The Labor leader's personal popularity is stubbornly low, but this has allowed him to build himself as a team player, and position him well to become Australia's next prime minister.
At some level, democratic societies have had enough of Murdoch and his propaganda operation masquerading as a news service.
An inquiry into the status of the teaching profession lasted just four months before being shelved with no clear way forward. Is this the best teachers can hope for?
Wentworth remains one of the most interesting individual contests in this campaign.
It remains to be seen whether the Liberals' campaign woes in Lyons will have any impact on the neighbouring battleground seats of Bass or Braddon, which recent polls suggest the Liberals could regain.
Lack of scrutiny of the Coalition, barrage of criticism aimed at Labor: News Corp's coverage of the election campaign has been the definition of partisan.
The Christian Democratic Party in NSW could play a key role in the election by funnelling support from voters in electorates with large East Asian populations to the Liberal Party.
No gaffes, no real surprises – the third leaders' debate was a fairly predictable affair, save for the testy conclusion
The Daily Telegraph story with the headline “Mother of Invention” backfired, handing Shorten the opportunity of a powerful moment on the campaign trail and drawing criticism even within News Corp.
As the campaign wears on, Scott Morrison and Bill Shorten have appeared increasingly stage-managed and rehearsed. Where is the charisma, wit and inspiring ideas?
While Ipsos on Newspoll are telling different stories about leaders' approval ratings, both are still showing a likely victory for Labor at the federal election.
The reason we know more about a post-election Labor ministry is that most of its occupants are already “shadowing” the jobs they'd hold.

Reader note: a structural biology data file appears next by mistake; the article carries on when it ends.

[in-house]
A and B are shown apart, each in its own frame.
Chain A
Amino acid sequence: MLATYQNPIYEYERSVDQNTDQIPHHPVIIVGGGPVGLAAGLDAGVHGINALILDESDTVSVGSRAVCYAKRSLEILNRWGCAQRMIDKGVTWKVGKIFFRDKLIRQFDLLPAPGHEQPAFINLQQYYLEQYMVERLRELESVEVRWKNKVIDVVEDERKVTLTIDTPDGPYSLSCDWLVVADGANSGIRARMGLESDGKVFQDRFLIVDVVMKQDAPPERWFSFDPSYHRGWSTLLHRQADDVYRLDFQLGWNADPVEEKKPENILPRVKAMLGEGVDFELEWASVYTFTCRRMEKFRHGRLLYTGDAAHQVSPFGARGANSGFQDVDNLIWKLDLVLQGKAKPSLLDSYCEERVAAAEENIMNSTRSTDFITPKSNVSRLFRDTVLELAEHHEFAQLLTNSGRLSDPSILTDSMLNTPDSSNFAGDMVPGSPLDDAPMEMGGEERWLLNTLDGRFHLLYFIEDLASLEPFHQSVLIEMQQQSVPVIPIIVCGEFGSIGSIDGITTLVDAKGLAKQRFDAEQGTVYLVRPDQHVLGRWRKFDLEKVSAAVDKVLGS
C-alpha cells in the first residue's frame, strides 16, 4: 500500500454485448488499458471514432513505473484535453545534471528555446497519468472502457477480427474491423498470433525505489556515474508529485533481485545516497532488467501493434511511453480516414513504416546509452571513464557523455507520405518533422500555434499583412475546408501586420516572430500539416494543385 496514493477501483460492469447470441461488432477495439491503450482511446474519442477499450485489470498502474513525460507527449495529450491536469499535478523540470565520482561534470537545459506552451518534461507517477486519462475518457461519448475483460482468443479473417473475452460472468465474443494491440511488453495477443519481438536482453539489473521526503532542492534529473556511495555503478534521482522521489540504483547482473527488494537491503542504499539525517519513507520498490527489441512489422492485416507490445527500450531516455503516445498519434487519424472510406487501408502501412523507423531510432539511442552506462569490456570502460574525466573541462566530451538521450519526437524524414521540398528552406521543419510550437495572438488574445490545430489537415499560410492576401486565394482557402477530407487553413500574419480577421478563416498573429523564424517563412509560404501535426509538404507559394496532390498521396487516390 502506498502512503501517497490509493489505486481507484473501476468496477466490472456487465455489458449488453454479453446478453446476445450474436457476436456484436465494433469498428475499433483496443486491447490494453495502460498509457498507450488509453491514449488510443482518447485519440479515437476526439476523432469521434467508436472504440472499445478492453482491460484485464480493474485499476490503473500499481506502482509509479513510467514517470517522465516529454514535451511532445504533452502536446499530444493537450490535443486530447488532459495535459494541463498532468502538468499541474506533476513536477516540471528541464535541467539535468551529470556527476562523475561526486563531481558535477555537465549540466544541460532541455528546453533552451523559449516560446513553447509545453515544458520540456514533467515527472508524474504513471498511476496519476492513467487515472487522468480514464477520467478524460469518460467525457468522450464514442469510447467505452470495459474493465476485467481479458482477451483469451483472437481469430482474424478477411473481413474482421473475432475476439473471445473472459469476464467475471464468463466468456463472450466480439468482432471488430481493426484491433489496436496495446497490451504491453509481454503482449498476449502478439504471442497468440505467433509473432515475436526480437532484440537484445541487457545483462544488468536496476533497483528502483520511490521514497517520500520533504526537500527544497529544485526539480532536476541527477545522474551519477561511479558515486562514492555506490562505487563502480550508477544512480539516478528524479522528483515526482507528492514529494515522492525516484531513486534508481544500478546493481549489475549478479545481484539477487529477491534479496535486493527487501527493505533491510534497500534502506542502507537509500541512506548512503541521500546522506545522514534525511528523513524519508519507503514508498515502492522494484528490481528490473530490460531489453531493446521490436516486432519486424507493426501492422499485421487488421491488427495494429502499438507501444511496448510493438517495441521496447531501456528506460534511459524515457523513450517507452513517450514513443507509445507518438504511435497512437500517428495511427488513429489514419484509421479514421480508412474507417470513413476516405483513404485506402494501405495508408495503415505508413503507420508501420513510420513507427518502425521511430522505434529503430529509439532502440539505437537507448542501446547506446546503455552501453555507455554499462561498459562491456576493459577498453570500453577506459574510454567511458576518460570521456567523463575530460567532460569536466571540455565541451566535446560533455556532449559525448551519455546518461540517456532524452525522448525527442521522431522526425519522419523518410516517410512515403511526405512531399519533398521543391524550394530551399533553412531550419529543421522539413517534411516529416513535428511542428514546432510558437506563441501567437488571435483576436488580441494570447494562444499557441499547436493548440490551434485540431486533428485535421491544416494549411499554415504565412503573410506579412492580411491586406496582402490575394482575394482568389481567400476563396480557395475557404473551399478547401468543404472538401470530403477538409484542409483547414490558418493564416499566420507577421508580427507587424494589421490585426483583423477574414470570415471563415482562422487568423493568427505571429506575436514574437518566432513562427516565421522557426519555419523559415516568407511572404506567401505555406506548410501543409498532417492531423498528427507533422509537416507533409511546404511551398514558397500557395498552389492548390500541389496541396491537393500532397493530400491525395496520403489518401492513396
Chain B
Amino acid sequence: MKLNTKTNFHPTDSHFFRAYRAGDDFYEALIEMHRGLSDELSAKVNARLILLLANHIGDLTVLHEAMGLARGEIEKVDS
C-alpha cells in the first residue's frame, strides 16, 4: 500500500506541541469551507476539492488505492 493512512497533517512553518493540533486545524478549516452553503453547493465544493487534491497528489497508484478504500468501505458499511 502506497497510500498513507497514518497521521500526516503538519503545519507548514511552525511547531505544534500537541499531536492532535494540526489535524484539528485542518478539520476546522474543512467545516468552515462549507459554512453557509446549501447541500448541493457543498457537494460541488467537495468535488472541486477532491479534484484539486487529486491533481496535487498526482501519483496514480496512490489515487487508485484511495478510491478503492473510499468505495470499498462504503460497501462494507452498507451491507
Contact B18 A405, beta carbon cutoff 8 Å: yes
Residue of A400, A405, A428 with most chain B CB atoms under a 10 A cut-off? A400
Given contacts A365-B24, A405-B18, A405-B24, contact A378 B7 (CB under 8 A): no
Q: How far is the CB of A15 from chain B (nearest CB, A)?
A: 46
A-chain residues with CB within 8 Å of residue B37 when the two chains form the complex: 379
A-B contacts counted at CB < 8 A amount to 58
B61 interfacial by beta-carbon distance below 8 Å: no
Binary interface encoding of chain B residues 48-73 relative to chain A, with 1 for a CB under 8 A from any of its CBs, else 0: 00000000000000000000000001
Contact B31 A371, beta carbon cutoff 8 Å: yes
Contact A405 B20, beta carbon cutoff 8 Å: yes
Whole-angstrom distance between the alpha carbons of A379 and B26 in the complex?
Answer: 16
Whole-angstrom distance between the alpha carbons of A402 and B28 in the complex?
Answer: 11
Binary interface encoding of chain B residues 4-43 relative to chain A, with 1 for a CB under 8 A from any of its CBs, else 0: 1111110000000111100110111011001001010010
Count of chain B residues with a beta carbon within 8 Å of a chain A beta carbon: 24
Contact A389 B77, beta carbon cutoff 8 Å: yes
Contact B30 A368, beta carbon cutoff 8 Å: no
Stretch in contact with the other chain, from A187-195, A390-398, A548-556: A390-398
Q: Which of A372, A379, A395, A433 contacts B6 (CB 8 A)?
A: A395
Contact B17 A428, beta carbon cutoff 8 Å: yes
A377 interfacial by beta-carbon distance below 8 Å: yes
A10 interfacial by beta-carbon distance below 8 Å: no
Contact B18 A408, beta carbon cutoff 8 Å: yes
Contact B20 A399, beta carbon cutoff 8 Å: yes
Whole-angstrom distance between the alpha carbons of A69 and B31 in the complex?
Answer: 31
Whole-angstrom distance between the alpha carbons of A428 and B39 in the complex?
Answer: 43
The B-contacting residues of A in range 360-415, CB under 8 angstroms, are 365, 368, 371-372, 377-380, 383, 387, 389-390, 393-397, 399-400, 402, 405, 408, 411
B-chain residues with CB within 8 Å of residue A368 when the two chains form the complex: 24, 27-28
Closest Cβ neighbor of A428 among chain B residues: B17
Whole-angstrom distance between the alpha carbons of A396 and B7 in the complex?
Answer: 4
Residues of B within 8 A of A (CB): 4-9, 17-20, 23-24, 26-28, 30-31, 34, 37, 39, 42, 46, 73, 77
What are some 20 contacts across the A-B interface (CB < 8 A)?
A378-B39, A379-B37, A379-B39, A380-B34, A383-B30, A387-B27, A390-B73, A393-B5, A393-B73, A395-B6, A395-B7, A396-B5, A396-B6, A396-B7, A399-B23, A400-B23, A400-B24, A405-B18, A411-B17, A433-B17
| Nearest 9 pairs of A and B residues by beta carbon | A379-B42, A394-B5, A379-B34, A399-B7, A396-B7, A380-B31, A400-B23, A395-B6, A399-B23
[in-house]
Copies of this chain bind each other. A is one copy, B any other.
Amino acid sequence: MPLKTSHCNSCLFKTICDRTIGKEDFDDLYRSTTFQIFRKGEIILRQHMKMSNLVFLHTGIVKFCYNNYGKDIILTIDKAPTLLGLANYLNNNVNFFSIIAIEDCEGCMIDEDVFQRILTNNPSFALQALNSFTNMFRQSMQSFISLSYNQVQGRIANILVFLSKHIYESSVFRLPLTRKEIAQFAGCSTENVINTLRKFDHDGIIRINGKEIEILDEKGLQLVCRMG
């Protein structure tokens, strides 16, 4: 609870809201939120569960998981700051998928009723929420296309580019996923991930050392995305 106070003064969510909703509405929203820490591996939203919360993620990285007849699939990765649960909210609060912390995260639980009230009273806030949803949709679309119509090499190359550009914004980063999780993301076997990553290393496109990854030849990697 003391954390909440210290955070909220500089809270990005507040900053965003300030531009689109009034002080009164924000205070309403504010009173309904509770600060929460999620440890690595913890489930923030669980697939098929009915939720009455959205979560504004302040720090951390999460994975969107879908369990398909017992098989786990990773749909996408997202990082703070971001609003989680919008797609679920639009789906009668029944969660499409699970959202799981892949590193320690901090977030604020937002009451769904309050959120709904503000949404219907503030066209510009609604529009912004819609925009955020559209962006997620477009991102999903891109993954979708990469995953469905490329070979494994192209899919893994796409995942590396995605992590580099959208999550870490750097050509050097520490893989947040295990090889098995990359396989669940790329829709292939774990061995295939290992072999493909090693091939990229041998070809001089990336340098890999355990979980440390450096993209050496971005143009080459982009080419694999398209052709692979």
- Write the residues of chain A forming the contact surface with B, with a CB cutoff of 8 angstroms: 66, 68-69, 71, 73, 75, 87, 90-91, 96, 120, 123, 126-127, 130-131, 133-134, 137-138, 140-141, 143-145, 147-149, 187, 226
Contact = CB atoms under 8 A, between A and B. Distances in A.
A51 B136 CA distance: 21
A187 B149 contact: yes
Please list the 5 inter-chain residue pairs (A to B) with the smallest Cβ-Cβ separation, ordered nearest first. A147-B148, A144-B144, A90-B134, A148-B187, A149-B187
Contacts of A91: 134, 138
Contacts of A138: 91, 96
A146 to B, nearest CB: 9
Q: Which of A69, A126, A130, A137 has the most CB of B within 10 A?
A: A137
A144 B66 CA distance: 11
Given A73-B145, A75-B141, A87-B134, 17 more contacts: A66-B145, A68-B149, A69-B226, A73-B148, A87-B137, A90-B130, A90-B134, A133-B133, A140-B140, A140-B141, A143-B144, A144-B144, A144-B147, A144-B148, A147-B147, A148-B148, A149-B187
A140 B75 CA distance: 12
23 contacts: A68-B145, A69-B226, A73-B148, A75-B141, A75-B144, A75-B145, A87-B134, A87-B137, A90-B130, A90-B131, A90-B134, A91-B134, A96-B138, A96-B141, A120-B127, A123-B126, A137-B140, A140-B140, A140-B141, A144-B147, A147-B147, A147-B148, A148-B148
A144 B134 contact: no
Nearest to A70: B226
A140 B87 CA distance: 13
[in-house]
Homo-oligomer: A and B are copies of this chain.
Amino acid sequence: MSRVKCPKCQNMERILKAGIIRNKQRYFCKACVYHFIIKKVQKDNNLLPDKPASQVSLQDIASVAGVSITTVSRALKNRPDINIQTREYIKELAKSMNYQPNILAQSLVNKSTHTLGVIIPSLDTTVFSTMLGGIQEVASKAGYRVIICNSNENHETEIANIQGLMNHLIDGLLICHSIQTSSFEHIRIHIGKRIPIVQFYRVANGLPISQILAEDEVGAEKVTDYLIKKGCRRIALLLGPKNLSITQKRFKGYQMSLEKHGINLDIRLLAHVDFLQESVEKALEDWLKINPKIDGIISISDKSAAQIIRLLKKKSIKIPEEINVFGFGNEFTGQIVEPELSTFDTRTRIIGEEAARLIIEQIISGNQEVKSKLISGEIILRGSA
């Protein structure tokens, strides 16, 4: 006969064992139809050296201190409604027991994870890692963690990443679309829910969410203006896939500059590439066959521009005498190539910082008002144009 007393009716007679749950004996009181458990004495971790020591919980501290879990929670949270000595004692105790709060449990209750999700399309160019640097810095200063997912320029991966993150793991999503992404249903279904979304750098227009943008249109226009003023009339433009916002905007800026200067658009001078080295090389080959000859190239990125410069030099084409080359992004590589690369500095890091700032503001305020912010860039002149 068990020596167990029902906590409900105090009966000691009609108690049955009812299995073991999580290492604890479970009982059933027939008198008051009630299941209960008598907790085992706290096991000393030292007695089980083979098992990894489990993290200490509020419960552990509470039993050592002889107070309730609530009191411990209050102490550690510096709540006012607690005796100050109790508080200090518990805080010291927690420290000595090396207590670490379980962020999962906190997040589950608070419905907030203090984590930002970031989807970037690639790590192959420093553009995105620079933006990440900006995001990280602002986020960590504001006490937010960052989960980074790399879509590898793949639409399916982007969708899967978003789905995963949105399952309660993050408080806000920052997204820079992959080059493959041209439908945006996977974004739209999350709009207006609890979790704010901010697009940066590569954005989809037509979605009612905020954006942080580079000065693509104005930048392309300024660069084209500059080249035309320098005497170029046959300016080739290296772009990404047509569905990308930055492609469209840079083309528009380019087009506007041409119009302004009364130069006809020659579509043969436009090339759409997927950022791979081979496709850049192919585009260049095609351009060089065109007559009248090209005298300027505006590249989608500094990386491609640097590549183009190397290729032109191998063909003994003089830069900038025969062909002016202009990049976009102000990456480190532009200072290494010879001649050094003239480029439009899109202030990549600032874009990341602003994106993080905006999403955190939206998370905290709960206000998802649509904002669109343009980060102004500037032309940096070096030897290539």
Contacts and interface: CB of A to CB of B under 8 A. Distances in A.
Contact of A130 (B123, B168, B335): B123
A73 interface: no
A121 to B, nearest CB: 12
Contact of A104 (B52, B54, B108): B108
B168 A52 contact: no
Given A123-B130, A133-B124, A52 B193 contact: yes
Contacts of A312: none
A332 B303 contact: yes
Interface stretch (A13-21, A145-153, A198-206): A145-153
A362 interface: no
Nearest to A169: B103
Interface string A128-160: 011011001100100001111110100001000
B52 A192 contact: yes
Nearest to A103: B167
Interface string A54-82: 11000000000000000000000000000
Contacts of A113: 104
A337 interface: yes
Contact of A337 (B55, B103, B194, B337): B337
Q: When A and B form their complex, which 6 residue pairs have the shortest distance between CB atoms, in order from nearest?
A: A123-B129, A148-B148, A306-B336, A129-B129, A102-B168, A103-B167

Razzmatazz aside, the opposition leader - standing in front of Labor's slogan "A Fair Go For Australia" - brought together the “case for change” in a carefully-honed, strongly delivered address.
Inevitably much of the discussion and many of the clashes focused on money and tax – the conflicting arguments have been well rehearsed throughout the campaign.
In the second debate of the campaign, Scott Morrison and Bill Shorten answered questions from voters in a people's forum on everything from franking credits to, yes, post offices.
Research shows that Australians are increasingly tuning out of leaders' debates – just 21% reported watching a debate in 2016, down from 71% in 1993.
Pre-poll votes within the first 24 hours were almost double the number at the same stage in 2016. That could hurt some minor parties who traditionally spend big in the last few weeks of a campaign.
After the backlash against the formal Labor-Greens alliance under the Gillard government, Shorten is anxious to keep maximum distance between the ALP and the minor party.
The Conversation’s experts analyse the first Morrison-Shorten debate, with a focus on the key policy issues and the leaders' performances.
Bill Shorten's announcement of a funding boost for child care is central to Labor's campaign on cost of living.